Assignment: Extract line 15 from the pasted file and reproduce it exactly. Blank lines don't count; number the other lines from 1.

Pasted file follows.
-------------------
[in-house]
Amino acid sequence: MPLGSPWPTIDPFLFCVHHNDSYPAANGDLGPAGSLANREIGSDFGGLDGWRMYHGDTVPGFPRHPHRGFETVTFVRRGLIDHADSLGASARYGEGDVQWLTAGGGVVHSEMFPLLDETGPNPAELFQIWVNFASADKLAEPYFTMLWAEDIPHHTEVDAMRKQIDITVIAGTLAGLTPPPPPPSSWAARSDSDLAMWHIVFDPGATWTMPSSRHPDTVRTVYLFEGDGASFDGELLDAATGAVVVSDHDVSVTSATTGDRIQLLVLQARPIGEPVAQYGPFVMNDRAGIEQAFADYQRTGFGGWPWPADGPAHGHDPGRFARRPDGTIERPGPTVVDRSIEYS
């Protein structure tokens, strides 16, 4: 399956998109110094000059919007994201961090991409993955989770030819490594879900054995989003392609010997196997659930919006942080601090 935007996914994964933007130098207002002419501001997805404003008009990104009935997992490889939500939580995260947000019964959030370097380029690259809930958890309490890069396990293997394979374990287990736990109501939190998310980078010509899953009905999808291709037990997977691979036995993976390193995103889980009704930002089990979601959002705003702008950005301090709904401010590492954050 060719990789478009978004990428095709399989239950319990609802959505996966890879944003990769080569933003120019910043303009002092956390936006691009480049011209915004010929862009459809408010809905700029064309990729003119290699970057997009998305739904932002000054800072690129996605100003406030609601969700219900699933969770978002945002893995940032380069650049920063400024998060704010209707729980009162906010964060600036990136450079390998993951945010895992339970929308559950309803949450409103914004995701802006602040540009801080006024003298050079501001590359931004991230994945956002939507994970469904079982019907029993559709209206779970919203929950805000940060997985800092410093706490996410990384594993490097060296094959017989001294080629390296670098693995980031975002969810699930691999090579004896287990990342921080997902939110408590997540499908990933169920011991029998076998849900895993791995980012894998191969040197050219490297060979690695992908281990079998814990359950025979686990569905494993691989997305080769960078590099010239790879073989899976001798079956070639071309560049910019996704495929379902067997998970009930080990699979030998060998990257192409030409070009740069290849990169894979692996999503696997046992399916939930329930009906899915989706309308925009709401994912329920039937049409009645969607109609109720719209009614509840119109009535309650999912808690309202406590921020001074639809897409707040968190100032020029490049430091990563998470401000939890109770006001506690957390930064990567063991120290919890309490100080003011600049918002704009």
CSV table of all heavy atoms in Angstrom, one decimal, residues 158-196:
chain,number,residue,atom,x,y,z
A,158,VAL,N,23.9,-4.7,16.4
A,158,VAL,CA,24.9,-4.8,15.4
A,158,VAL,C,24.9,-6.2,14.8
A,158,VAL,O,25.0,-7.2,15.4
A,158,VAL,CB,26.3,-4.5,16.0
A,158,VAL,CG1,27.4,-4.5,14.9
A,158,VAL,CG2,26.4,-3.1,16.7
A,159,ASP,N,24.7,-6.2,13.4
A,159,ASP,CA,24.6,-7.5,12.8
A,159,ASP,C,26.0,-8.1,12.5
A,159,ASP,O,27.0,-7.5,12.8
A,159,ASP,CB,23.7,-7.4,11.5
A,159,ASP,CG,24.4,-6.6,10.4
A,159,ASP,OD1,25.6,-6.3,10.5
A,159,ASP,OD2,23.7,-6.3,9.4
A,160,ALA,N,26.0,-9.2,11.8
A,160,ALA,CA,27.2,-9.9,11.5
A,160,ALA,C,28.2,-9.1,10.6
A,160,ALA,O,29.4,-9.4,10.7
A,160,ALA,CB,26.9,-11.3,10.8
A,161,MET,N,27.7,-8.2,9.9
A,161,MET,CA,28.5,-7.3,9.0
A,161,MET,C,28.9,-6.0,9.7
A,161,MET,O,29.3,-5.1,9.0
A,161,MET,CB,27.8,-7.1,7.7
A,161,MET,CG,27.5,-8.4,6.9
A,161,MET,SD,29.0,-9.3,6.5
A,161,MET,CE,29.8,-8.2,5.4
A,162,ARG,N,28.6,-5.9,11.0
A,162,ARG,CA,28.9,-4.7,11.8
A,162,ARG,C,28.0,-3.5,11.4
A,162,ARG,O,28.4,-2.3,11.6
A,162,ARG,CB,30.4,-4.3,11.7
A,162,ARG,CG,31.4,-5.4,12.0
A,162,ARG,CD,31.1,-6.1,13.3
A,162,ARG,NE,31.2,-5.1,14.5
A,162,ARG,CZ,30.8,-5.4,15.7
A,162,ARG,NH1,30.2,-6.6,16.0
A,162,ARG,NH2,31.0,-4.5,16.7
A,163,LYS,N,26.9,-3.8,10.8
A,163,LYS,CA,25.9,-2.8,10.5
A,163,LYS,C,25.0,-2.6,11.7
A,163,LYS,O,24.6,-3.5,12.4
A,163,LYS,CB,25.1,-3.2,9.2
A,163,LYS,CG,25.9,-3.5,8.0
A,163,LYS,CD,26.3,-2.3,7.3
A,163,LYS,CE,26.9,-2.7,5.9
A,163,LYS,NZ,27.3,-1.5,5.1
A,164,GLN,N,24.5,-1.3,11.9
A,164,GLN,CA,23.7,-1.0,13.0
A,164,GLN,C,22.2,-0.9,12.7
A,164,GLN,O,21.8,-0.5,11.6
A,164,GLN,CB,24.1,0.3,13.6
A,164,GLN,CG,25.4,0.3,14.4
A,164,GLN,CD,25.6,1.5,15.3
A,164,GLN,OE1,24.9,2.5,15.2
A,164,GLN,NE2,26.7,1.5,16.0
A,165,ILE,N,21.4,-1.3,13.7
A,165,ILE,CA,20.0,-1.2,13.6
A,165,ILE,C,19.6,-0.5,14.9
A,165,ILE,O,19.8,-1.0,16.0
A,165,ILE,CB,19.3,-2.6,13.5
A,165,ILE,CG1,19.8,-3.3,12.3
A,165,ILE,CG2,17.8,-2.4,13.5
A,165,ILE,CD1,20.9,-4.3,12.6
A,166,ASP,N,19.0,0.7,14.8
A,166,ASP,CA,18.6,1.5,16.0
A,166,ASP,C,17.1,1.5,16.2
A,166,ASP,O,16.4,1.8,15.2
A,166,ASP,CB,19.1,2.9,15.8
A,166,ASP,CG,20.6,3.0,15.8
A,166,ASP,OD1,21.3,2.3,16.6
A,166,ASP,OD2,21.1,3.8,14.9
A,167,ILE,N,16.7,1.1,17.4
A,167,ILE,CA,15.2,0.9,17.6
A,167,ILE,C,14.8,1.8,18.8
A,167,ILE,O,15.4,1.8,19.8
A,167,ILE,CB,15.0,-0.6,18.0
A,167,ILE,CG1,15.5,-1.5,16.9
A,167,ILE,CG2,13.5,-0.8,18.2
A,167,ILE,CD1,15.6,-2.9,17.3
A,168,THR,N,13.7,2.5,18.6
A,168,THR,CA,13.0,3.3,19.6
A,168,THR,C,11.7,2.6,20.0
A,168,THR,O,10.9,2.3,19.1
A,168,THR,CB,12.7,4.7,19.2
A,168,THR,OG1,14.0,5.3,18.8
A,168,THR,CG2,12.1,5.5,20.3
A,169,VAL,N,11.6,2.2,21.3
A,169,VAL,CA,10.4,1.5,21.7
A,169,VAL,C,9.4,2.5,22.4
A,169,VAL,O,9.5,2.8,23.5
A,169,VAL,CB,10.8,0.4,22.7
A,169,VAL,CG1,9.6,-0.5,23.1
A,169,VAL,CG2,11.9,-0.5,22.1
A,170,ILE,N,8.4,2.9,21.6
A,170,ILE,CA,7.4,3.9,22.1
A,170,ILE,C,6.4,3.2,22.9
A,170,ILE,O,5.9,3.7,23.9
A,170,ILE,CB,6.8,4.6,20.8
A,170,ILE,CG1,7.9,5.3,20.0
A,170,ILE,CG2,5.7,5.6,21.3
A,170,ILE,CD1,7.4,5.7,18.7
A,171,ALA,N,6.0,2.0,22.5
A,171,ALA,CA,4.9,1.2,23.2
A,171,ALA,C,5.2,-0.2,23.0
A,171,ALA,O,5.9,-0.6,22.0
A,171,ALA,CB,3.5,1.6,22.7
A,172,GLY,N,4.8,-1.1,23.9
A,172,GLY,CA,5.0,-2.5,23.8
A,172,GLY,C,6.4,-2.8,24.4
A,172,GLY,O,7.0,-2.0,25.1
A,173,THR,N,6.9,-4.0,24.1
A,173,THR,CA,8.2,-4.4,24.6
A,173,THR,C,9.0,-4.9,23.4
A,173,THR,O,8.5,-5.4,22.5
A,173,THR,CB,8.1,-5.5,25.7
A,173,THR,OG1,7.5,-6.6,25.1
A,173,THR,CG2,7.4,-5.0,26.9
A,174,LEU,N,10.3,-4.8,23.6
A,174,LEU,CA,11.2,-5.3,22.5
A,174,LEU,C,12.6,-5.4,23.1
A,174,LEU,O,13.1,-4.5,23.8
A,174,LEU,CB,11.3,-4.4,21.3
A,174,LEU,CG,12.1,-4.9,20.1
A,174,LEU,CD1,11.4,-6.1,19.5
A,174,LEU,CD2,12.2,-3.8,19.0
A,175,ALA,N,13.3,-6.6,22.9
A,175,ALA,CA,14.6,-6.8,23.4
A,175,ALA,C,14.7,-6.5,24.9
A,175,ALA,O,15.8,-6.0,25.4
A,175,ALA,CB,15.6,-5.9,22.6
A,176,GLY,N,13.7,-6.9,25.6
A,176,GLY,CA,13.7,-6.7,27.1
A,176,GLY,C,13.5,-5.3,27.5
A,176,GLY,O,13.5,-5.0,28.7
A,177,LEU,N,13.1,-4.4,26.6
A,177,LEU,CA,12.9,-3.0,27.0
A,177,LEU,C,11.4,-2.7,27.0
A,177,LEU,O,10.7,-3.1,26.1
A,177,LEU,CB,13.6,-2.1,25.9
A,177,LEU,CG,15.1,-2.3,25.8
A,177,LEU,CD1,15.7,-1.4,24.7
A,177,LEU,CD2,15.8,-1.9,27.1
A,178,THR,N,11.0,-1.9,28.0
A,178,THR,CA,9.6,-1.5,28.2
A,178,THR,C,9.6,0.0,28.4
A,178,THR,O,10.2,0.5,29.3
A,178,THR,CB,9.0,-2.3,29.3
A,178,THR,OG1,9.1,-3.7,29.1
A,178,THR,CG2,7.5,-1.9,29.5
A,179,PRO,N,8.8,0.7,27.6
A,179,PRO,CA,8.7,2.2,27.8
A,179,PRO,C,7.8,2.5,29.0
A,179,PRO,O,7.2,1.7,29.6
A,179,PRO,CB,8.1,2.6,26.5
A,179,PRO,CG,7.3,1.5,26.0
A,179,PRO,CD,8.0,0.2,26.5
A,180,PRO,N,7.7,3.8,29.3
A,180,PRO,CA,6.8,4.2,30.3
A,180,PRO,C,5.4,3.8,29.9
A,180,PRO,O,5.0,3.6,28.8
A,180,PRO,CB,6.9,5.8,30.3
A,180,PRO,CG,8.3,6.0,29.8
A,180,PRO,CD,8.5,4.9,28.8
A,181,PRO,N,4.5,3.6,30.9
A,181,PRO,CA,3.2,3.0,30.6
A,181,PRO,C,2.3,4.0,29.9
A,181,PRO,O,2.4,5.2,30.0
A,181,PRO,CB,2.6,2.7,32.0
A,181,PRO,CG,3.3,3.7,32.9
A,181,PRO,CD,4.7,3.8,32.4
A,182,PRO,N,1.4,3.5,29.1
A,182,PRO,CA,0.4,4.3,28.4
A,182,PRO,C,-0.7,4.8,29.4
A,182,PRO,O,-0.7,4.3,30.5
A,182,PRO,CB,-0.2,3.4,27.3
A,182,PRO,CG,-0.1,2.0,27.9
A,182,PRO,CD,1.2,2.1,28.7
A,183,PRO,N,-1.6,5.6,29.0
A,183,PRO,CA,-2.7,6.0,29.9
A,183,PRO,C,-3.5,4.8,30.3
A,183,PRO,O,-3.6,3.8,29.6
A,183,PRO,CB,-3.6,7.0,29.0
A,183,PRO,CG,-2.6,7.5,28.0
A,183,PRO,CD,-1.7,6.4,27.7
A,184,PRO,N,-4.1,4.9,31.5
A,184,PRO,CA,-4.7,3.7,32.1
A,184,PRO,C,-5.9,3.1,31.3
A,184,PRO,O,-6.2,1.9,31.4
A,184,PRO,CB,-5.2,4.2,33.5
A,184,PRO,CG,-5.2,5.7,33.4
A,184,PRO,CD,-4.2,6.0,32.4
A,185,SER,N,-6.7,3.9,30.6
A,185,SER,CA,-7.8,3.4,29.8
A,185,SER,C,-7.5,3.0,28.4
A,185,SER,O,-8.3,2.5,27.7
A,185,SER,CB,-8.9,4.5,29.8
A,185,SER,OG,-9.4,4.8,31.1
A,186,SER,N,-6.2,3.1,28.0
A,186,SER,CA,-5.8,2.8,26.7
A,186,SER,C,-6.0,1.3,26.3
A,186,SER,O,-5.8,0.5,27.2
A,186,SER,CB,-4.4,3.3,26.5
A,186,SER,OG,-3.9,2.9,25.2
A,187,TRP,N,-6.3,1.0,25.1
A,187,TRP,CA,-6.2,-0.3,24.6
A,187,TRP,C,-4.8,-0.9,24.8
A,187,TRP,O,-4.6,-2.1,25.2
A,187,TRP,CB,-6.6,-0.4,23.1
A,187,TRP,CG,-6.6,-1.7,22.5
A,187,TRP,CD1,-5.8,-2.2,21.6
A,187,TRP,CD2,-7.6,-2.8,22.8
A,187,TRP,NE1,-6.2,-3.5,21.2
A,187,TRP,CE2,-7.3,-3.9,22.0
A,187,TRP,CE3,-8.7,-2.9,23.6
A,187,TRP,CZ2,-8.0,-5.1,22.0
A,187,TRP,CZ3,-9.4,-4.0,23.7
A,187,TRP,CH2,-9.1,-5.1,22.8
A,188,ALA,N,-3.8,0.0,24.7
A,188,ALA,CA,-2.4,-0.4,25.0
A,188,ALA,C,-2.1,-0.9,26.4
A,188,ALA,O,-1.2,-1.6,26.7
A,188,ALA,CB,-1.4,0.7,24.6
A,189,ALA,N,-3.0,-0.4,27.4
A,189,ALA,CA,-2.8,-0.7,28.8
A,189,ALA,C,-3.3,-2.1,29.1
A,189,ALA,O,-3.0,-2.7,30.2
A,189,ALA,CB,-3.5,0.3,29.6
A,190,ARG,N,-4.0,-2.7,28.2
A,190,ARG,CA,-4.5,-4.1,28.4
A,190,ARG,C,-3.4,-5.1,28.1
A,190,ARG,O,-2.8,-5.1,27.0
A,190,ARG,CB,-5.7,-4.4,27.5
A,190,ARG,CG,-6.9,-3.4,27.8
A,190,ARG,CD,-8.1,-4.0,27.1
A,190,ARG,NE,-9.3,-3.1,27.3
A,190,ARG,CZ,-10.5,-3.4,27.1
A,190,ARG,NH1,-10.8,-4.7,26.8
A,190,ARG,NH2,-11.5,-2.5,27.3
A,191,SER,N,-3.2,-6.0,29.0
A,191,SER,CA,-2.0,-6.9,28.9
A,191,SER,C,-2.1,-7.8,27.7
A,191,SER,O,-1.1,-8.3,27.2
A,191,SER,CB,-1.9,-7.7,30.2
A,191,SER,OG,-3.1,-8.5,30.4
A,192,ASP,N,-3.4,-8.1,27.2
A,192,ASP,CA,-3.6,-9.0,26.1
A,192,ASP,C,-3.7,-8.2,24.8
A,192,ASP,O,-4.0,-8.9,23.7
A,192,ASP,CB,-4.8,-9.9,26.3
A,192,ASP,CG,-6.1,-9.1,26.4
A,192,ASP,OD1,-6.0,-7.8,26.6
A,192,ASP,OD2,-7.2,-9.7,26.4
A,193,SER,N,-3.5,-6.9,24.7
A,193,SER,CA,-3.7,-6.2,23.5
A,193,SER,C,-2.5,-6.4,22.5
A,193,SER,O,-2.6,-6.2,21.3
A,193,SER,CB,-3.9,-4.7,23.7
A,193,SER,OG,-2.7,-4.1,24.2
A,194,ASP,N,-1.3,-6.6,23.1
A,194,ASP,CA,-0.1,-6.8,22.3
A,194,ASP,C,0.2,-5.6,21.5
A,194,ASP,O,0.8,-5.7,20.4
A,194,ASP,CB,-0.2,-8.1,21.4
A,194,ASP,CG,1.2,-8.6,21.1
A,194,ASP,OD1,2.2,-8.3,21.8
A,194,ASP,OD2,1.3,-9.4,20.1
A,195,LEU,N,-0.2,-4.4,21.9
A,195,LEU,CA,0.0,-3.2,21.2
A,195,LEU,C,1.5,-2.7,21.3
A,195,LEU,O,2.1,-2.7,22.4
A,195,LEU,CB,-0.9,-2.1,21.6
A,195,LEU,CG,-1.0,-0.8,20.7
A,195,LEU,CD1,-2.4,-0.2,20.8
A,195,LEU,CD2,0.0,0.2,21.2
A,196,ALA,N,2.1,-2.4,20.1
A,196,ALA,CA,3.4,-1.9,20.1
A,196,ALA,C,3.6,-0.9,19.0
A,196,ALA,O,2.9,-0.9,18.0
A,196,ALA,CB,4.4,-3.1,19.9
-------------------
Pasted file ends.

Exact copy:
A,159,ASP,C,26.0,-8.1,12.5